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Sagrada Orden v.

National Coconut Corporation (1952)

SUMMARY: NACOCO is being sued for rentals for its occupation of warehouse by the owner, Sagrada
Orden. Sagrada Orden was registered owner before WW2. However, the property was acquired by a
Japanese Corporation during the Occupation. NACOCO gained possession of the property from the Alien
Property Custodian, which took control of properties belonging to enemy nationals after the war. The
Supreme Court held that NACOCO could not be liable therefor, the alleged obligation to pay rentals not
being hinged on law, contract, quasi-contract, crime, or negligence.

FACTS:
x

Sagrada Orden owns a piece of land in Pandacan and the warehouse which stands on it. Title to the
property was registered in its name before WW2.

During the Japanese occupation, the land was acquired by Taiwan Tekkosho, a Japanese corporation,
for P140,000. As such, title was issued in its name.

After liberation, the Alien Property Custodian of the USA took possession, control, and custody of
the property, on the strength of the Trading with the Enemy Act, on the ground that the property
belonged to an enemy national.

Under a custodianship agreement with the Alien Property Custodian, the property was later
occupied by Copra Export Management Company, and then by the National Coconut Corporation.

Sagrada Orden made a claim to the property before the Alien Property Custodian, but this was
denied.

So, Sagrada Orden brought an action against the Alien Property Custodian to annul the sale of
property to Taiwan Tekkosho, and recover its possession. The court rendered judgment releasing the
Alien Property Custodian and Philippine Government from liability, and entitling Sagrada Orden the
recovery of reasonable rentals from NACOCO.

The present action is an action to recover such rentals covering the time NACOCO occupied the
premises.

NACOCO argued that it occupied the property in good faith, and under no obligation to pay rentals
for the use and occupation of the warehouse.

However, the court rendered judgment ordering NACOCO to pay Sagrada Orden rentals, in the sum
of P3000/ month. It ratiocinated that Sagrada Orden has always been the owner of the property, as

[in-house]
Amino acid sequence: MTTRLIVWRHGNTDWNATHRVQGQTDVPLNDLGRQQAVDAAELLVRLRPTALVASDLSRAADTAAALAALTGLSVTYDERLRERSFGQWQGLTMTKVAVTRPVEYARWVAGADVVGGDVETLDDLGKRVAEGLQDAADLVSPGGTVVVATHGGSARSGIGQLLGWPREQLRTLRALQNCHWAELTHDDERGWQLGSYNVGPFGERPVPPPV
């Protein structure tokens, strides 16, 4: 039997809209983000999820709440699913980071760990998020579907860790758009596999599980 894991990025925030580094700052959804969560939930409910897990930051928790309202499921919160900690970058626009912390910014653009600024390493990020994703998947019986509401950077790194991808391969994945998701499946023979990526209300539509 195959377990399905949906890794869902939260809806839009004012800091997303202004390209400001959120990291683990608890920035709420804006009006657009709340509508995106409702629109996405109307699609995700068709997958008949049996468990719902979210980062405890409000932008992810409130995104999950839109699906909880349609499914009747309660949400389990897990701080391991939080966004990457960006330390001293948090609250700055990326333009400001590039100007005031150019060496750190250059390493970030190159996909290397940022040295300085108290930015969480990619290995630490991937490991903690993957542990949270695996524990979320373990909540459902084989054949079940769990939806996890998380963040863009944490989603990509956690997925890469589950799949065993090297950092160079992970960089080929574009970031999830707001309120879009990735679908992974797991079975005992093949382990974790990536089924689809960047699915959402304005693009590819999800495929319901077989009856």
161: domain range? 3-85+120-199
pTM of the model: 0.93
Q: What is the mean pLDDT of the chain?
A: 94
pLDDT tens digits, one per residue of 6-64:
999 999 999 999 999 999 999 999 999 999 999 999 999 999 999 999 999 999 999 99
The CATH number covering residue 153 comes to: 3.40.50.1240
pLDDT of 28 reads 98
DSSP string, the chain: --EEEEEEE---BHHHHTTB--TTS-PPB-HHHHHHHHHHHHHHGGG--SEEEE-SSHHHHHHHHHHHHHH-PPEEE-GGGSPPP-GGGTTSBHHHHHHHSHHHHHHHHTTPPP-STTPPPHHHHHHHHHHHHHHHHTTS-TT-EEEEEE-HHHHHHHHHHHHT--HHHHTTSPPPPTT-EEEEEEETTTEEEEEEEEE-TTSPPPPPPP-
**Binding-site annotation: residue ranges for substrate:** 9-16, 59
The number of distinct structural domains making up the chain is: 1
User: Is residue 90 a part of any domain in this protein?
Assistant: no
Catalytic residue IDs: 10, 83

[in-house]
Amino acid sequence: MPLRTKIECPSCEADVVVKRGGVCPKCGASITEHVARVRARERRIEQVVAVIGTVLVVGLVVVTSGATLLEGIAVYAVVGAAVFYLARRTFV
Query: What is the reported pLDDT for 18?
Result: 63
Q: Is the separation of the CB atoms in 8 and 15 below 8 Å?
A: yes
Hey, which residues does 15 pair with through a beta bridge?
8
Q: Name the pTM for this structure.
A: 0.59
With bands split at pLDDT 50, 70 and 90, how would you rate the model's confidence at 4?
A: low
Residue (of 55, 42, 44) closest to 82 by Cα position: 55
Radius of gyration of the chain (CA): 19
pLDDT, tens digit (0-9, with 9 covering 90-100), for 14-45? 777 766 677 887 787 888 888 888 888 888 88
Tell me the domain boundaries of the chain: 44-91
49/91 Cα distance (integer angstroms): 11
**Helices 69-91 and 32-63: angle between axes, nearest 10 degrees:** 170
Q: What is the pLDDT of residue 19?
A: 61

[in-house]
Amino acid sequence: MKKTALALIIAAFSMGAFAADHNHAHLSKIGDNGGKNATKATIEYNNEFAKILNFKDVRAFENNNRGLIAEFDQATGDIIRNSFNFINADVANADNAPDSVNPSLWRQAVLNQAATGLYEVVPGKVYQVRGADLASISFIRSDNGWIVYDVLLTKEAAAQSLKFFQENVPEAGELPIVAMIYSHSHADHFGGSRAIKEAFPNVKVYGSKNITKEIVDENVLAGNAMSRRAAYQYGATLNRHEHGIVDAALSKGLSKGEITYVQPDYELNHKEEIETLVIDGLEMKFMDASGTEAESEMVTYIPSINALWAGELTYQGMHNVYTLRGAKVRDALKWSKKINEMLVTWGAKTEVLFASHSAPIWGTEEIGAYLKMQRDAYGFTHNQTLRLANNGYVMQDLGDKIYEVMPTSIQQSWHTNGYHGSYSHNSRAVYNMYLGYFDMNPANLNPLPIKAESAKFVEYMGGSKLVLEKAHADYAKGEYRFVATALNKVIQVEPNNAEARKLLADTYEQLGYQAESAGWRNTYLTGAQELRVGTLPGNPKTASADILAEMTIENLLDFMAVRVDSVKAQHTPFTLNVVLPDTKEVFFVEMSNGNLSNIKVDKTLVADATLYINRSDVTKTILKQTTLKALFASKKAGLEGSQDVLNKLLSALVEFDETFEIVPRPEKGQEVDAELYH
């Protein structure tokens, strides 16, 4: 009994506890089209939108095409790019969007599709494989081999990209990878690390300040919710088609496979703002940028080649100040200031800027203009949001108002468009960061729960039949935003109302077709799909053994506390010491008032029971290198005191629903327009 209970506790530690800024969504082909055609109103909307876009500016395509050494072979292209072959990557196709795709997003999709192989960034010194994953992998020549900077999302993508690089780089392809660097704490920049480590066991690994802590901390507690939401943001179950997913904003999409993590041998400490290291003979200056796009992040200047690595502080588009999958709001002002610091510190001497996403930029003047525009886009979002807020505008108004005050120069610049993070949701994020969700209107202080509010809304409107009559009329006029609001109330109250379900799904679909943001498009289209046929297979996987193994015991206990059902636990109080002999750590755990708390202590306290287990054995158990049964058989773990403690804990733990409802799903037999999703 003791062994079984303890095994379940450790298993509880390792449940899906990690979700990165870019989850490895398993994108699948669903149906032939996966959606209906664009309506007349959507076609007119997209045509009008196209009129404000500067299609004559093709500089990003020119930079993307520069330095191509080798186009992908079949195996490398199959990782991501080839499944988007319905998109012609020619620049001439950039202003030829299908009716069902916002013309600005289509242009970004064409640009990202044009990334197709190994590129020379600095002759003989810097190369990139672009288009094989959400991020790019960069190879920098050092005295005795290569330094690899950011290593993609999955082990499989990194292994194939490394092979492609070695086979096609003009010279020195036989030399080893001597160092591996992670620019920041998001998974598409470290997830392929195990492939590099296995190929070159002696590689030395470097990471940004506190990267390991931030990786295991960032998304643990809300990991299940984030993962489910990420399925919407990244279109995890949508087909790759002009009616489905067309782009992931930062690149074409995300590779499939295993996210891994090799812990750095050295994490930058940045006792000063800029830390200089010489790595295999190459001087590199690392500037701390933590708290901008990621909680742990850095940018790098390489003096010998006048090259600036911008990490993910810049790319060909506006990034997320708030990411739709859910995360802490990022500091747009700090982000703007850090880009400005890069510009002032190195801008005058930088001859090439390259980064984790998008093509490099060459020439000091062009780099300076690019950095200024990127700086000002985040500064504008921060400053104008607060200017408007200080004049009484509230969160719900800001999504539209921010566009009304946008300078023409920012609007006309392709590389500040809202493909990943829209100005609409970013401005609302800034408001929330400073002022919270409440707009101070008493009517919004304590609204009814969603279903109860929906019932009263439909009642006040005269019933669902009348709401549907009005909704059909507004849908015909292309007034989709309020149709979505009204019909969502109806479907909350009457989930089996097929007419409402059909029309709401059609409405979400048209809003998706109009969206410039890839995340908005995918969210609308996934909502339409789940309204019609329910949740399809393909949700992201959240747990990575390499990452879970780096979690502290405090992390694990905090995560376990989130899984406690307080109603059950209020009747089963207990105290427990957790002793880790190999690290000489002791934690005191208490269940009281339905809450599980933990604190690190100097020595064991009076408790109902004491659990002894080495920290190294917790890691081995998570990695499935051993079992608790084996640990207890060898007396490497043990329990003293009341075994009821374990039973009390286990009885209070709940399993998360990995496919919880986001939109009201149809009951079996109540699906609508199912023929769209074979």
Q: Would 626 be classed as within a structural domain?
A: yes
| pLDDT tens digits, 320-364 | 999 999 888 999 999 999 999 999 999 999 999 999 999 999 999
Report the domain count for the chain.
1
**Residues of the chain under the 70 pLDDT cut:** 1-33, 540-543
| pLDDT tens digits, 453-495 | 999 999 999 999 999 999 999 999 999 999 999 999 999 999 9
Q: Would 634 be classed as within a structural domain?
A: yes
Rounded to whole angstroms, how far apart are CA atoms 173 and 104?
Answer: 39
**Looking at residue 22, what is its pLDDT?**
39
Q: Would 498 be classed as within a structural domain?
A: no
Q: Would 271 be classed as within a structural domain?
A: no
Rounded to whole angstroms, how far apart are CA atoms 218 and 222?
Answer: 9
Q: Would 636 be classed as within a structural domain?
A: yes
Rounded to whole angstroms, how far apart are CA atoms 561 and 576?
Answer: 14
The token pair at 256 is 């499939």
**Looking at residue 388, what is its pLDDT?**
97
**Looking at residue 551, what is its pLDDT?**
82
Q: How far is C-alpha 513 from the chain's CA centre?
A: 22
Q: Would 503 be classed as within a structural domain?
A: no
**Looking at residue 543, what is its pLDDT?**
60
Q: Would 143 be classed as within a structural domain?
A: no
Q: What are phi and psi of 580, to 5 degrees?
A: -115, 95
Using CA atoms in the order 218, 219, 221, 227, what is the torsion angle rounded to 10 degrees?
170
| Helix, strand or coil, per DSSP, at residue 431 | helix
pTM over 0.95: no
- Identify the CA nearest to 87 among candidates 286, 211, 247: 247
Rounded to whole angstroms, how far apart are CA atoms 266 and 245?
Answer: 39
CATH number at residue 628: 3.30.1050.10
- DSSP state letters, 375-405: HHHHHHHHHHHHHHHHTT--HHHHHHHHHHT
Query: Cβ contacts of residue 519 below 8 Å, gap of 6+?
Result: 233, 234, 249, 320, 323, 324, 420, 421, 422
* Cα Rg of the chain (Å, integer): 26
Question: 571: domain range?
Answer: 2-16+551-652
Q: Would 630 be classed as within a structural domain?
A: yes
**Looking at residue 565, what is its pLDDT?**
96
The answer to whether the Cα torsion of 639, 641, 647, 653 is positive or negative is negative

the sale to Taiwan Tekkosho was void.

ISSUE: WON NACOCO is liable for rentals to Sagrada Orden NO

RATIO:
If NACOCO is liable, its obligation must arise from any of the sources of obligations: law, contract, quasicontract, crime, or negligence.

Law The Court has tried in vain to find a law or provision thereof upon which the claim can be
supported.

Contract There was no privity of contract between the Alien Property Custodian and Taiwan
Tekkosho, such that the Alien Property Custodian or its permittee may be held responsible for the
supposed illegality of the occupation of the property. Also, there was no agreement, not even
implied, between the Alien Property Custodian and NACOCO for the latter to pay rentals on the
property. The Copra Export Management Company, which preceded NACOCO, does not appear to
have paid rentals therefor. There was no provision in the custodianship agreement for the payment
of rentals.

Quasi-contract The Court has tried in vain to find a principle in quasi-contracts or equity upon
which the claim can be supported.

Crime NACOCO is not guilty of any offense at all. It entered the premises and occupied the
property with the permission of the Alien Property Custodian.

Negligence There was no negligence on NACOCOs part.

As NACOCO entered into possession of the property without any expectation for such use and occupation,
it cannot be held liable therefor.

DISPOSITIVE: Lower courts ruling is reversed. NACOCO is not liable for rentals to Sagrada Orden.

Alyanna Apacible B2015